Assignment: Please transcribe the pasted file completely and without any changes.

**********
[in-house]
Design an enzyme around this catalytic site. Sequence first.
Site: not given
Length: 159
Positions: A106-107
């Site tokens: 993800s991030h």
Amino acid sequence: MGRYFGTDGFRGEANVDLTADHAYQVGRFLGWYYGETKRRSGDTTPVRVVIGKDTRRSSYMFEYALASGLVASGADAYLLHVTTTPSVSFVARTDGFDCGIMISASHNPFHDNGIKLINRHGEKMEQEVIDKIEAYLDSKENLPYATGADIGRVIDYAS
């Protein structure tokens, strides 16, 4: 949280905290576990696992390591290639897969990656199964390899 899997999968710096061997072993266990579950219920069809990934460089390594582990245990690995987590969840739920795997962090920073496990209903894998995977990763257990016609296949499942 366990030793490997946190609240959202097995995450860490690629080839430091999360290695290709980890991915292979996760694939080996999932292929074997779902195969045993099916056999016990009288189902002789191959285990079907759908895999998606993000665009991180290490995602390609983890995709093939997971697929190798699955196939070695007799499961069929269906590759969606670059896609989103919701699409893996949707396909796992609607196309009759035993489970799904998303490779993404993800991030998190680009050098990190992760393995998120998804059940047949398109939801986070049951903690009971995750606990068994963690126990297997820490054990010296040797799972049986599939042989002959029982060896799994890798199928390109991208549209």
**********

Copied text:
[in-house]
Design an enzyme around this catalytic site. Sequence first.
Site: not given
Length: 159
Positions: A106-107
């Site tokens: 993800s991030h």
Amino acid sequence: MGRYFGTDGFRGEANVDLTADHAYQVGRFLGWYYGETKRRSGDTTPVRVVIGKDTRRSSYMFEYALASGLVASGADAYLLHVTTTPSVSFVARTDGFDCGIMISASHNPFHDNGIKLINRHGEKMEQEVIDKIEAYLDSKENLPYATGADIGRVIDYAS
């Protein structure tokens, strides 16, 4: 949280905290576990696992390591290639897969990656199964390899 899997999968710096061997072993266990579950219920069809990934460089390594582990245990690995987590969840739920795997962090920073496990209903894998995977990763257990016609296949499942 366990030793490997946190609240959202097995995450860490690629080839430091999360290695290709980890991915292979996760694939080996999932292929074997779902195969045993099916056999016990009288189902002789191959285990079907759908895999998606993000665009991180290490995602390609983890995709093939997971697929190798699955196939070695007799499961069929269906590759969606670059896609989103919701699409893996949707396909796992609607196309009759035993489970799904998303490779993404993800991030998190680009050098990190992760393995998120998804059940047949398109939801986070049951903690009971995750606990068994963690126990297997820490054990010296040797799972049986599939042989002959029982060896799994890798199928390109991208549209």